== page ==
There used to be four of them, I think — little white plastic reindeer attached by the tiniest red ribbon to a white plastic sleigh. Grandma Simmons would place the arrangement in a windowsill or on the big turntable/black-and-white television (back in the day when TVs were concealed inside wooden furniture) as part of her Christmas decorations.
She had an aluminum Christmas tree, as well, and a spotlight with a rotating four-color lens shining on it, but that's another story.
One of the reindeer survives, sort of. I don't know what might have happened to the rest of the set, but this one racing courser has been in my possession since childhood. It's yellowed from age and has the dried residue of ancient invisible tape around its midsection. An antler is broken, as is part of its snout.
It's seen better days.
I glued its two halves back together in the last week of November and perched it in a place of honor upon a green limb close to the top of my family's Christmas tree. It sits among crystal ornaments and Hallmark collectibles, but this one little reindeer - it's more than "mere embellishment," as Webster's might define the word.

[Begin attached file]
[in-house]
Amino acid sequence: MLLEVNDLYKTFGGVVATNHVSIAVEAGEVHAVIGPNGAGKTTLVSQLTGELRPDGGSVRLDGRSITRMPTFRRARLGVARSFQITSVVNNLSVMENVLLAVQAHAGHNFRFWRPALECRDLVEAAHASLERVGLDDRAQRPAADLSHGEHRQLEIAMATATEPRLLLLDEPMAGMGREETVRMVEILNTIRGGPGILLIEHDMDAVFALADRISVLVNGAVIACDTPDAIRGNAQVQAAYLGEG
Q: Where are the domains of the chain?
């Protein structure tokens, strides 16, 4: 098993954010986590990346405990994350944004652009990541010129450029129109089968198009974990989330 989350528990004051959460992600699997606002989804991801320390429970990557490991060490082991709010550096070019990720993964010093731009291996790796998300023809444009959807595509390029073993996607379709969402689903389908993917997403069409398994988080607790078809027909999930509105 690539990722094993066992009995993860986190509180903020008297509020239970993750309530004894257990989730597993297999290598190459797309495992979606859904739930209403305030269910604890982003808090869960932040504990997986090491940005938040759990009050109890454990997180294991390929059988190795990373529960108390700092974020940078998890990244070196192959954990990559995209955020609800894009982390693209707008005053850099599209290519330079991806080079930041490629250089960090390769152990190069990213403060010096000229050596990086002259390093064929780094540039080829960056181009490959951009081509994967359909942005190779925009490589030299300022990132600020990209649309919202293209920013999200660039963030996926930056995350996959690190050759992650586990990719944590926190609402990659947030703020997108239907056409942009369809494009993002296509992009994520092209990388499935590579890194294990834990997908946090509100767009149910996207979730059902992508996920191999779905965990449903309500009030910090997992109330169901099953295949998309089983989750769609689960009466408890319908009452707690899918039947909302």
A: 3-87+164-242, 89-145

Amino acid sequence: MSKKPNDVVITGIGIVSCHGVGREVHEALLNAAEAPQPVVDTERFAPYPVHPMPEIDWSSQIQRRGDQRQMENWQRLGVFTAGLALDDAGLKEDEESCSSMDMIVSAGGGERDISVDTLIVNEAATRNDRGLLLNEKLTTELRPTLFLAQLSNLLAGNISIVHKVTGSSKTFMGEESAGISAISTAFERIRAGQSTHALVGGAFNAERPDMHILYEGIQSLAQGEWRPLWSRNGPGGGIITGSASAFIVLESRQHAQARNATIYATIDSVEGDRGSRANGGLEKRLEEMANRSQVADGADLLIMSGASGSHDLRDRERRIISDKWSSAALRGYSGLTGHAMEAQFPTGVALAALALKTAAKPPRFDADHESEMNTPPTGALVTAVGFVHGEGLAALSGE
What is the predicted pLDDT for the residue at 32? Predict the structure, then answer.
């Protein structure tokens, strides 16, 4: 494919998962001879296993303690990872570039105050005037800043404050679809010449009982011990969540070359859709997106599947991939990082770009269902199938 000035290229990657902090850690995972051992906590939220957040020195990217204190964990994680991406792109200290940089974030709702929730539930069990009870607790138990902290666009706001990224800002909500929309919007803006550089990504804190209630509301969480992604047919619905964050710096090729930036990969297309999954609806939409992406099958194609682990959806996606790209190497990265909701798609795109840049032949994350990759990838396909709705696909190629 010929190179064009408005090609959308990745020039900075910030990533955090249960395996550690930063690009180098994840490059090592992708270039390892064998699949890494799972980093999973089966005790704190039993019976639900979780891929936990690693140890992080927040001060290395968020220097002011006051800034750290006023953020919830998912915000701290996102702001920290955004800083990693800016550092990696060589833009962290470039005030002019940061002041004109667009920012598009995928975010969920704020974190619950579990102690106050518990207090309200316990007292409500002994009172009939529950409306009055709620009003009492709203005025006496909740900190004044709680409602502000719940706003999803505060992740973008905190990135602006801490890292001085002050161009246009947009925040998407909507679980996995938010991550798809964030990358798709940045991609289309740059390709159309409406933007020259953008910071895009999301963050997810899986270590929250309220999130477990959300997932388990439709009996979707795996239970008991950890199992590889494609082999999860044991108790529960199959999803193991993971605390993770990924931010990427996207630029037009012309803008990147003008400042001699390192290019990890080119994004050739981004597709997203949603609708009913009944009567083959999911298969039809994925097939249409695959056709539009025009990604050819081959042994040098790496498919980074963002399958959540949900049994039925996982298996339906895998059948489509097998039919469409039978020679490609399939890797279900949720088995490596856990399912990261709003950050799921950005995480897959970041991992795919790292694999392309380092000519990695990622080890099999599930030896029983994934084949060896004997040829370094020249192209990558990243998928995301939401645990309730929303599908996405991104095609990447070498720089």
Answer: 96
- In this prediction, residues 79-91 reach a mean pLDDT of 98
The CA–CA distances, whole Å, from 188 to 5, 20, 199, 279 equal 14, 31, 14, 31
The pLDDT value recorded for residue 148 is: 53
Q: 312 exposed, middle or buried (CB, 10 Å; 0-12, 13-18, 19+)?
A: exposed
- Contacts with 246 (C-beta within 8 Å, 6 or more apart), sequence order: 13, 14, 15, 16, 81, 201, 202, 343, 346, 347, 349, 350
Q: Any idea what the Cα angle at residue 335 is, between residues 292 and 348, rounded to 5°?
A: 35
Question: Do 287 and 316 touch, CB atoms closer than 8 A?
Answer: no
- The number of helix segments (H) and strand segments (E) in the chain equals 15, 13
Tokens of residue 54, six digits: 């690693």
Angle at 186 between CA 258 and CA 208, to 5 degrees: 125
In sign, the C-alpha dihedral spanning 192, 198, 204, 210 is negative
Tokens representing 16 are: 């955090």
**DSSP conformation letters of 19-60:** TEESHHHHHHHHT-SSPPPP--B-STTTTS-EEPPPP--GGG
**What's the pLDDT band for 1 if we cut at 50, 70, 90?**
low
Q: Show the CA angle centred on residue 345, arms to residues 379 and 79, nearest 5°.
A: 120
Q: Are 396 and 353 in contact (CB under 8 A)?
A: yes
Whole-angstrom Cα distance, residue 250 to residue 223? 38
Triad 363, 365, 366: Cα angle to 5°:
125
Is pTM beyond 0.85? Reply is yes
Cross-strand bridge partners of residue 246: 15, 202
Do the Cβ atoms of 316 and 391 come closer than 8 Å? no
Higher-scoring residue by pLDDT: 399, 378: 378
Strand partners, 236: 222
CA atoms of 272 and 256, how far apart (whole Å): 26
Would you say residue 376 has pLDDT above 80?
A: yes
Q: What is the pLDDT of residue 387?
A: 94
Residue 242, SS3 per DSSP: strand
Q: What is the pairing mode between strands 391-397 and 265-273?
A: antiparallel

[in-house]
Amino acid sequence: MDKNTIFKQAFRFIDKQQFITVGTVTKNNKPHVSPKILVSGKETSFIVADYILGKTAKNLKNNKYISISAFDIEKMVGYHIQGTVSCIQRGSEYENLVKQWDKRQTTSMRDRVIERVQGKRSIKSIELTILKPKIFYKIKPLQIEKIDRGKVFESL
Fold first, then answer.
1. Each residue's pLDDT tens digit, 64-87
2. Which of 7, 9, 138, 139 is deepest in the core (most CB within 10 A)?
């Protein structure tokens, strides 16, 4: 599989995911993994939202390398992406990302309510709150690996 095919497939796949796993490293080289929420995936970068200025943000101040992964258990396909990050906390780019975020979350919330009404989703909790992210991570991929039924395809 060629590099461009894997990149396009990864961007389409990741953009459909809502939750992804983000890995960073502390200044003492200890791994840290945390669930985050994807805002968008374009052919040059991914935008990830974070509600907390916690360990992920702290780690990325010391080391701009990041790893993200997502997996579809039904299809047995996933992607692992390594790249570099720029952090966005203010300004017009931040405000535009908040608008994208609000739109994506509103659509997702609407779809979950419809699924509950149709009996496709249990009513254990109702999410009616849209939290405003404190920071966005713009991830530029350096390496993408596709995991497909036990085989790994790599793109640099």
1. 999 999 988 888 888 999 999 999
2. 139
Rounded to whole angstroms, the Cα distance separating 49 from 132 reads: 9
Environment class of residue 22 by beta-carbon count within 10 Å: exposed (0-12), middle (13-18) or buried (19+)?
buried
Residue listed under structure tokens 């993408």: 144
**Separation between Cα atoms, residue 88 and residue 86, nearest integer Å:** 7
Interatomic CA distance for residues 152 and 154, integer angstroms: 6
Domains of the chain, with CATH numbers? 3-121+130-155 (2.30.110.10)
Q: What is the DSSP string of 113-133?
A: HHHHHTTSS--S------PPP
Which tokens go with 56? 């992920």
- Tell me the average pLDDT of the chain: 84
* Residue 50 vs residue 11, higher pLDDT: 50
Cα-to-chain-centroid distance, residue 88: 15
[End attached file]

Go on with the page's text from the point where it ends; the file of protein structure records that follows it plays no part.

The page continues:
It's my favorite.
Not that there's anything spectacular about it. You'd miss it among the lights and tinsel. But it wouldn't be Christmas without it, if you know what I mean.
If you're an adult, Christmas is often about memories. If you're a parent, it's often about making memories for the kids around you. A couple of future memories could be right under your nose — simple things, the tiniest elements that, recalled, will make Christmas special for someone in years to come.
(The preceding was most of my Undercurrents column for Dec.8, 2002; the list of local holiday events at the bottom was deleted.)